By Tonette Orejas, Inquirer Central Luzon
January 8, 2012

 CLARK FREEPORT—A Filipino heads the Michigan-based World Medical Relief Inc. (WMRI), which supports public health care by collecting surplus medical resources and shipping these lifesavers to 120 countries.

This is the third year that George Samson, a nursing undergraduate and a native of Magalang, Pampanga, is serving as president of WMRI.

He currently oversees a mission that was initiated by Irene Auberlin in Detroit for orphans of the Korean War 58 years ago. Apart from his organizing skills, a high sense of ecumenism, and a level of discipline instilled at home, Samson believes his early close encounters with poverty in the Philippines have prepared him well for the job.

“(Auberlin) always said, ‘You help the sick and the poor because God loves them,” he said, citing the source of his inspiration.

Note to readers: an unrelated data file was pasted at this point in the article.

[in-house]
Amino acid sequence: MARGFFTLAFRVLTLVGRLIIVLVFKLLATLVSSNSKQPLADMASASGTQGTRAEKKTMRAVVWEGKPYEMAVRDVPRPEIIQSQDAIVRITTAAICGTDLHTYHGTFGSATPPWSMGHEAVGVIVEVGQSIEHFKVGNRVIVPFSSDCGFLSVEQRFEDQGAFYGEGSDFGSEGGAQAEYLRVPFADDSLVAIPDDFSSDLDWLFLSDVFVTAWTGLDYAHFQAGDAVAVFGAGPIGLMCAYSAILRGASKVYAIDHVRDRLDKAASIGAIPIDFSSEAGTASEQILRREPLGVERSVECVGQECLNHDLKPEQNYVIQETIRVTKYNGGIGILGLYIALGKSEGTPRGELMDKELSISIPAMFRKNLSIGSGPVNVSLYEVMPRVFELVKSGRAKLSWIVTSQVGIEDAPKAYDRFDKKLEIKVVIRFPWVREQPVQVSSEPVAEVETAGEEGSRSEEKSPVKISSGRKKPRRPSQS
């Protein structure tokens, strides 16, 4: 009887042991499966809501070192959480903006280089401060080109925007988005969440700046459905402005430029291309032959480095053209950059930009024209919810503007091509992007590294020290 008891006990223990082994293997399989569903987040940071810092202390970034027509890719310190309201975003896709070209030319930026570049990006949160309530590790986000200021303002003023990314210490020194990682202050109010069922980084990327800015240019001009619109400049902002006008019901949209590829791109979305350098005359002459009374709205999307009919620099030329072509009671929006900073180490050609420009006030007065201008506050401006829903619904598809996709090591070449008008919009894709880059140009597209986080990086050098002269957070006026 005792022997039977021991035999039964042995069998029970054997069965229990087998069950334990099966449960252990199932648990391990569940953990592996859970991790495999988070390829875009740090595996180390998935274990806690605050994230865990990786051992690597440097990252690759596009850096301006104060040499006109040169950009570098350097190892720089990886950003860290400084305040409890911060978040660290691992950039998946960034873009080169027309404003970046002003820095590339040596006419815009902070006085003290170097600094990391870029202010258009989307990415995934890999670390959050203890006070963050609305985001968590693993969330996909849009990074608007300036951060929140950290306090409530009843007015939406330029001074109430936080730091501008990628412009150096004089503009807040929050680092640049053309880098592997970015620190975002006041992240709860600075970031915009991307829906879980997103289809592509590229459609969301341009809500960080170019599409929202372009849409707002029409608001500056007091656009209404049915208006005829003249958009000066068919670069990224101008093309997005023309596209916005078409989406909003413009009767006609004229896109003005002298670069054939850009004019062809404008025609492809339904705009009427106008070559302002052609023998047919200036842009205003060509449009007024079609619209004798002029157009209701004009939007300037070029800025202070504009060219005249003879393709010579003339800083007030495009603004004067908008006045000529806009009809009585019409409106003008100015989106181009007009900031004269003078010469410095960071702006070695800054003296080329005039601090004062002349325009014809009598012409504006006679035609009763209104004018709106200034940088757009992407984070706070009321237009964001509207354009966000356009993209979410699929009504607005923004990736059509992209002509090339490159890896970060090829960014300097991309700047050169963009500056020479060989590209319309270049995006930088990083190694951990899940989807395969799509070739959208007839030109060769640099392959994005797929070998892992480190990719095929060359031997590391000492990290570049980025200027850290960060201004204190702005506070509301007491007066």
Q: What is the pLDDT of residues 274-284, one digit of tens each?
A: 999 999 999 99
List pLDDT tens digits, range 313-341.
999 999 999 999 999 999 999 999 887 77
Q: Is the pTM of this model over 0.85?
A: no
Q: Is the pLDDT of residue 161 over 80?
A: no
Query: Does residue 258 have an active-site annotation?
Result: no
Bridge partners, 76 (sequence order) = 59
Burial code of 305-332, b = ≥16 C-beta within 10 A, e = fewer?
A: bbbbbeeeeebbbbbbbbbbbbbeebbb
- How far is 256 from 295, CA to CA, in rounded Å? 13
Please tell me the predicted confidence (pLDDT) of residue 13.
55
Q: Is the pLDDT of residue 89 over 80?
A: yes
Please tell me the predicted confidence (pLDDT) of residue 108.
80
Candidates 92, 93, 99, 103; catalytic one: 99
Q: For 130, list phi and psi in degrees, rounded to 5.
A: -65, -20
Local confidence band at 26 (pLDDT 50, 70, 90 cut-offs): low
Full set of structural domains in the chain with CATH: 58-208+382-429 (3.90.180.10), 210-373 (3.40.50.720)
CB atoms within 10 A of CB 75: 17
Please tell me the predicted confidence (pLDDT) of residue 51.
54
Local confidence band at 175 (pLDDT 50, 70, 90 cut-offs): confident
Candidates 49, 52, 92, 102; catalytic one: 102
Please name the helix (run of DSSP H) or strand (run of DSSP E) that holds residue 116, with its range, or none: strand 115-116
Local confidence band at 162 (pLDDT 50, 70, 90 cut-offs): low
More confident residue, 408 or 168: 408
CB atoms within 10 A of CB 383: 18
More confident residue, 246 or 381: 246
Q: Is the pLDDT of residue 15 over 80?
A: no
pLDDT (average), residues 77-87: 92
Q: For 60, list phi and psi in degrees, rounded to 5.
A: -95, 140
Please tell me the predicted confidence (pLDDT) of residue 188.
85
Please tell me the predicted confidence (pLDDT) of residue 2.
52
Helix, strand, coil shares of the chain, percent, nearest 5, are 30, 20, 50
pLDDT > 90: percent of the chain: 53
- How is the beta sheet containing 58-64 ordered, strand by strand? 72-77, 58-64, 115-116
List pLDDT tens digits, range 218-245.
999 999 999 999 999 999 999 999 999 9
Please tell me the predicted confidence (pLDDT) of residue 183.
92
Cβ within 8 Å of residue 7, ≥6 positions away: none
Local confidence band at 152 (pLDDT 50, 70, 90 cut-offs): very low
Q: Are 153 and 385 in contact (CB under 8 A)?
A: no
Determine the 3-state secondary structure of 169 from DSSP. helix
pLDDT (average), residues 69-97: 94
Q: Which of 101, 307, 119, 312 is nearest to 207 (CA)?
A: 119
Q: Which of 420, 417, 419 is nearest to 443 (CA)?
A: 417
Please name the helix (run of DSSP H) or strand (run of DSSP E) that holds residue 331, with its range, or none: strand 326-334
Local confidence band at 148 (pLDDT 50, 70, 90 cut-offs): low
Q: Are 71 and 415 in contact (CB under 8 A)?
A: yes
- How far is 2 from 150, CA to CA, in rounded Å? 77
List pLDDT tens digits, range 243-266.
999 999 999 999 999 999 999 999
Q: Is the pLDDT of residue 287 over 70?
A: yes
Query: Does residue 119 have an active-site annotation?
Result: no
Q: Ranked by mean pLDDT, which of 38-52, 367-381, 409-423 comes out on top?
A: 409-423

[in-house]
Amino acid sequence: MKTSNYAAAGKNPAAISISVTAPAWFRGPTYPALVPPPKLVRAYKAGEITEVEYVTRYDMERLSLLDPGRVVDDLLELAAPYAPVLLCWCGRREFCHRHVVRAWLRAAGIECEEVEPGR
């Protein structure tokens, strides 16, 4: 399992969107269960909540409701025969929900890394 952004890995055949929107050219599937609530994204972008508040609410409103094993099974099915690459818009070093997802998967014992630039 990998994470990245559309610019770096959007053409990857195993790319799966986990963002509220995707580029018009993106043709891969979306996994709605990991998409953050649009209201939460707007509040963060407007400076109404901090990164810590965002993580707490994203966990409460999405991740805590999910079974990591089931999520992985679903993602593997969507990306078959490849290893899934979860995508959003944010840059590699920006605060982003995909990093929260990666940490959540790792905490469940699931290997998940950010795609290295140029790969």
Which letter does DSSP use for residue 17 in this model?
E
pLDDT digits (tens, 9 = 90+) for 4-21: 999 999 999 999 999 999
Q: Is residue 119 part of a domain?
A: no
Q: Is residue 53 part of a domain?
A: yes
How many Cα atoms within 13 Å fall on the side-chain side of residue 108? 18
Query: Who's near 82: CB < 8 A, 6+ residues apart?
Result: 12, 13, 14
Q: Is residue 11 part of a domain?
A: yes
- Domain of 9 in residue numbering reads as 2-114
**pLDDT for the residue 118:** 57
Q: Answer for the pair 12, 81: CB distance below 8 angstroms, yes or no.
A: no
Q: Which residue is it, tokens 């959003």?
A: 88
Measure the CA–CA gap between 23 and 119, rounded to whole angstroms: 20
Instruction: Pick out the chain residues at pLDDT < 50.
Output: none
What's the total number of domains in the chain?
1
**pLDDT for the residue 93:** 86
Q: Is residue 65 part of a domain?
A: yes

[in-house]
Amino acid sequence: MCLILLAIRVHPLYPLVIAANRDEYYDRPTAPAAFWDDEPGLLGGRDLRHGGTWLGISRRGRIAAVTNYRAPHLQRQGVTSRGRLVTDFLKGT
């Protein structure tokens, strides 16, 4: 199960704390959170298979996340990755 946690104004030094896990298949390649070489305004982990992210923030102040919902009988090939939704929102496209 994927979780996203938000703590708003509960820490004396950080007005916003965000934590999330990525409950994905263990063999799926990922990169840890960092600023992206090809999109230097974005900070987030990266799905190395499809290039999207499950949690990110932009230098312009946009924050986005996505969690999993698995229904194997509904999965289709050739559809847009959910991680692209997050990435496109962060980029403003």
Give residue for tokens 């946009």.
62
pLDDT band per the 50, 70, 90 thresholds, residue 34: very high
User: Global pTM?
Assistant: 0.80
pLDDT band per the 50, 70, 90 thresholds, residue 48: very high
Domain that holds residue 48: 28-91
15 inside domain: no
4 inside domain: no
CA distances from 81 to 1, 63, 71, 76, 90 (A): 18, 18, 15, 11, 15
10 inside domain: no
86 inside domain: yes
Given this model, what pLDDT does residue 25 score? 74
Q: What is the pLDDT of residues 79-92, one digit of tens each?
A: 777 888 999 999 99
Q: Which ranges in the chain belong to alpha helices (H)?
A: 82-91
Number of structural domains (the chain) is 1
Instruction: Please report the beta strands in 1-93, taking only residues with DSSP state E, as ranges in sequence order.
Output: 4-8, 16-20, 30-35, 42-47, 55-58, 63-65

He was introduced into this calling through his previous work in his home province.
His first attempt to get a job—as a company nurse at Coca-Cola Bottlers Phils Inc. (CCBPI) in the City of San Fernando—was a failure. But he returned to the company and joined its sales force after he finished a course in commerce. To earn the degree, he worked as a court interpreter during the day and attended classes at night.

Read full article @ inquirer.net

[In the news] NBI: Palparan no-show – INQUIRER.net

NBI: Palparan no-show.

Bureau waited for surrender of ‘Butcher’
By Tonette Orejas
Inquirer Central Luzon

CITY OF SAN FERNANDO—Expectations of retired Maj. Gen. Jovito Palparan Jr. surrendering to authorities were dashed late Friday afternoon, with still no sign of the fugitive.

At 5:33 p.m., Ricardo Diaz, director of the National Bureau of Investigation office in Central Luzon, said: “For reasons unknown to us the alleged plan to give himself up did not materialize. Manhunt continues.”

Only half an hour earlier, Diaz said there was still “a possibility” that Palparan, tagged “Berdugo” (Butcher) by activist groups for his alleged link to extrajudicial killings and forced disappearances, would surrender Friday. “We are on standby just in case,” he said.